The pilots in Air America are completely insane, but really good pilots.
Subverted in Smokin' Aces. There is an eccentricly sleazy lawyer. For his first scene, there is literally a costume rabbit head showing in the background. However, he proves to be completely incompetent.
The detective in Laura always plays with a handheld maze game.
Vinny in My Cousin Vinny is an acerbic Brooklyn stereotype with a mouth like a stevedore(being played by Joe Pesci, this is to be expected), but turns out to be a brilliant and tenacious opponent in the courtroom. Also, his girlfriend Lisa, an aspiring hairdresser who knows enough about cars that her testimony ends up proving the defendants' innocence.
Willie Beamen in Any Given Sunday had the habit of throwing-up at least once every match. However, he's a reasonably competent quarterback that he took over as the starting QB when the previous one was injured.
In the 2011 film Warrior: Frank Campana is known for his unusual training methods involving classical music, but damn if he gets results.
Lampshaded early in Top Gun when Air Boss Johnson chews out Maverick and Goose for the umpteenth time. Maverick's lost his qualifications as section leader several times, and has a habit of making high-speed passes by control towers and atan admiral's daughter. About the only reason he hasn't been kicked out of the Navy altogether is that he's a damn good pilot.
Jimmy from Timecop is lucky he knows how to use a computer for more than just watching virtual reality porn. An alternate timeline shows us a much more serious Jimmy with no such vice.
Ahnuld's buddy Hank in The 6th Day is a goofball who lives with a robotic prostitute, but he takes his job as a helicopter pilot seriously and is more than happy to cover for Ahnuld on his birthday. He gets killed for his troubles.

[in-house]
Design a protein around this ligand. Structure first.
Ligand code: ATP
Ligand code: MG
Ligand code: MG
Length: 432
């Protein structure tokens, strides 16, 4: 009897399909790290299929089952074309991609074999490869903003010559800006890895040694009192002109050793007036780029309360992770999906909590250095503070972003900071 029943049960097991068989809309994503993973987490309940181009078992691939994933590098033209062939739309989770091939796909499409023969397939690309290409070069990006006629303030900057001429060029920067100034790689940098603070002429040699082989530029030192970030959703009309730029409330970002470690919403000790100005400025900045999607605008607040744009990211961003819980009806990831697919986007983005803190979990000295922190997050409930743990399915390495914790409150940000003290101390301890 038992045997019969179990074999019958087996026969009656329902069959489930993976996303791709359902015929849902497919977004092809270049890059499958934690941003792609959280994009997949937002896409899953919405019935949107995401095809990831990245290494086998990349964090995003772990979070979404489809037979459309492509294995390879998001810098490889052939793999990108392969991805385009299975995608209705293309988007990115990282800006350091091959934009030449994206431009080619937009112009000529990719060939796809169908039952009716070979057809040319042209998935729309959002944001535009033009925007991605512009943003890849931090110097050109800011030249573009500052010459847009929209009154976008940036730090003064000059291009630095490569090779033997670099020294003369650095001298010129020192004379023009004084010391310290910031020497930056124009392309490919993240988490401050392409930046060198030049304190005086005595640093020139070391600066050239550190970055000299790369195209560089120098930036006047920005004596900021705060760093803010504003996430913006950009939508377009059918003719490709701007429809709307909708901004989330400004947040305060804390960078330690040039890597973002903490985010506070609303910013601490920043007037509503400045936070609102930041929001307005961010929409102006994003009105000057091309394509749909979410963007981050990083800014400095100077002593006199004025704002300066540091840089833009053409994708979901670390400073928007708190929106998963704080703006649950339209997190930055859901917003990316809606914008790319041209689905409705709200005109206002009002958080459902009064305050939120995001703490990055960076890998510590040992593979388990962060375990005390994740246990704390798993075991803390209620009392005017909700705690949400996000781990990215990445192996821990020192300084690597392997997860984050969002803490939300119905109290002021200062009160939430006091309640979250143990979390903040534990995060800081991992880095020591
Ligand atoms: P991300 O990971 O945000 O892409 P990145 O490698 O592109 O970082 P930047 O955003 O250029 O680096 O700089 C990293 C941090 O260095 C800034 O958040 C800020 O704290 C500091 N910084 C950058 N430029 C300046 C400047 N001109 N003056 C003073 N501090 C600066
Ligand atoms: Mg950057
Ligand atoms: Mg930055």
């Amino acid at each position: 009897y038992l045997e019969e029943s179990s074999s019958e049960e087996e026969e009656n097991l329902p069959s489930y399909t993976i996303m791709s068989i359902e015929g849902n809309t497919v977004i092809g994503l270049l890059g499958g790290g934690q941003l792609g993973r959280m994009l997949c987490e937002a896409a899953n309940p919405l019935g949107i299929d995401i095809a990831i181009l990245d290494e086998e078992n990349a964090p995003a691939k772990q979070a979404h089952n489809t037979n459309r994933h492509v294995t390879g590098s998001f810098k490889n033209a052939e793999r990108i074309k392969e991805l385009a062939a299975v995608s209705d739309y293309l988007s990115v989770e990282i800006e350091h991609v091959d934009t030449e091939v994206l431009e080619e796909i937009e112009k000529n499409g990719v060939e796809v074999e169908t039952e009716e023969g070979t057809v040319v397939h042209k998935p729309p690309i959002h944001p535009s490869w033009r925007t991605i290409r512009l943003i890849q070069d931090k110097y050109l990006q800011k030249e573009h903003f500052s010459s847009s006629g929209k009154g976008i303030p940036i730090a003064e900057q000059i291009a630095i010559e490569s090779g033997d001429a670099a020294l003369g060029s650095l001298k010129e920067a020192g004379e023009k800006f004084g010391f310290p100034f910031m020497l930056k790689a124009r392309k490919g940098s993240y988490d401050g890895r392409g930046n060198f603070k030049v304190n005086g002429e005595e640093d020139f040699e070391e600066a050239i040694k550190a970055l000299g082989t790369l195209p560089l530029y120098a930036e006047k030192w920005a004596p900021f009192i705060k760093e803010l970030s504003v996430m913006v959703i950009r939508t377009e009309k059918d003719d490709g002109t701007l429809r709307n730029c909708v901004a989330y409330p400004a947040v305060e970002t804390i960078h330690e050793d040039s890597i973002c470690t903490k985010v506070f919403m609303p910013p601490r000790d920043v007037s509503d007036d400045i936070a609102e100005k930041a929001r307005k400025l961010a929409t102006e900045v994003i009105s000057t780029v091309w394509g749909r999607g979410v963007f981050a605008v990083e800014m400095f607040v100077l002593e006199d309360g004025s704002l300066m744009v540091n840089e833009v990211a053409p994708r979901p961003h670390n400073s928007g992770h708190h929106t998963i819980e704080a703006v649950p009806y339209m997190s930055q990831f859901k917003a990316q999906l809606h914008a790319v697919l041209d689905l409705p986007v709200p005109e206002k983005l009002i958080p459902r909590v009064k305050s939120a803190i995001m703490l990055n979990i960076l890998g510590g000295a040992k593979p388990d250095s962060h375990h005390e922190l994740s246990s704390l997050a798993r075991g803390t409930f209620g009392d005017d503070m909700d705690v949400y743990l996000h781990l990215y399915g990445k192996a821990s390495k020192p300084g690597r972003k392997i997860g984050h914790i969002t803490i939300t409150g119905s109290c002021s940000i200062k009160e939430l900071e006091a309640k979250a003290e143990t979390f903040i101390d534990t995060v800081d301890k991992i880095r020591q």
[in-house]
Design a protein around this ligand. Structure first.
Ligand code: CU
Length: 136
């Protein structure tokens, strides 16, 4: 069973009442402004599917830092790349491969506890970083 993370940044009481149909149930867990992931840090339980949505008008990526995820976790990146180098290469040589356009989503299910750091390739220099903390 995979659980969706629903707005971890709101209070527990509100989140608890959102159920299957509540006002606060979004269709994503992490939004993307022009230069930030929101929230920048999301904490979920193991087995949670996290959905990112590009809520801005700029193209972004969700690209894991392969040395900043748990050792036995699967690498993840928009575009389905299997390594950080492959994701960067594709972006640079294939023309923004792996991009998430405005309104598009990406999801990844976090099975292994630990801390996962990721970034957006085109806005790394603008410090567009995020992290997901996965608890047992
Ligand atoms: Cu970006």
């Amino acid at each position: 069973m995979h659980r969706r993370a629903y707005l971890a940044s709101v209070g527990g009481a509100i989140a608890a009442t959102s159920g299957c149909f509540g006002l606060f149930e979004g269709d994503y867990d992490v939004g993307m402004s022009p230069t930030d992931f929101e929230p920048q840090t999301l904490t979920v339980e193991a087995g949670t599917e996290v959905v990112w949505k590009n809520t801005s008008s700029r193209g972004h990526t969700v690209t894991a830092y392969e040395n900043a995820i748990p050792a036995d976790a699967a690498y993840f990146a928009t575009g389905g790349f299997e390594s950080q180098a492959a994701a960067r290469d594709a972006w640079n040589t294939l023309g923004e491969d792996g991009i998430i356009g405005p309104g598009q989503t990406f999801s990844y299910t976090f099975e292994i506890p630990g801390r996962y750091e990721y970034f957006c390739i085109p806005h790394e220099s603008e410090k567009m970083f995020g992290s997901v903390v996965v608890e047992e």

Daniel Rafferty in the film Laws Of Attraction. When we first see him, he's dozing in court, is scruffy, unkempt, and as we later see, works out of a ramshackle office in a rundown area of Chinatown, despite the fact that he could clearly afford better, as evidenced by his very nice apartment. But within two seconds of meeting uber-uptight attorney Audrey Woods, he wipes the floor with her and it's mentioned that he's never lost a case.
Down Periscope is all about figuring out that this trope applies even in the navy.
Commander Dodge has one last chance to show that his unconventional leadership (not to mention his penis tattoo) shouldn't disqualify him from commanding a nuclear submarine, because despite his flaws, he is an effective commander. He is given a crew of misfits that the Navy doesn't want, but by the end he decides he couldn't possibly live without.
Sonar, the Sonar technician has hearing so good that he's been considered a security threat. He can count money just by hearing it drop on the floor. Also, he's studying the language of whales. And he's a bit off. Nonetheless, he saves his crew from peril with all those abilities.
Nitro, the electrician and radio operator, is more than a bit off because he's absorbed so much electricity. Nonetheless, he's probably the only one capable of making the electrics on the Stingray actually work.
Even the Stingray, a World War II relic diesel submarine could count, because it's the only sub that could manage to sneak into Norfolk.
"Oddball" from Kelly's Heroes has a bazillion and nine strange quirks, not least of which is an obsession with positive thinking, but still manages to be a highly skilled tank commander.
In The Lone Ranger Tonto is seen as this by his fellow Comanches due to his strange costume and dead-crow headdress, which have no basis in historical Comanche clothing.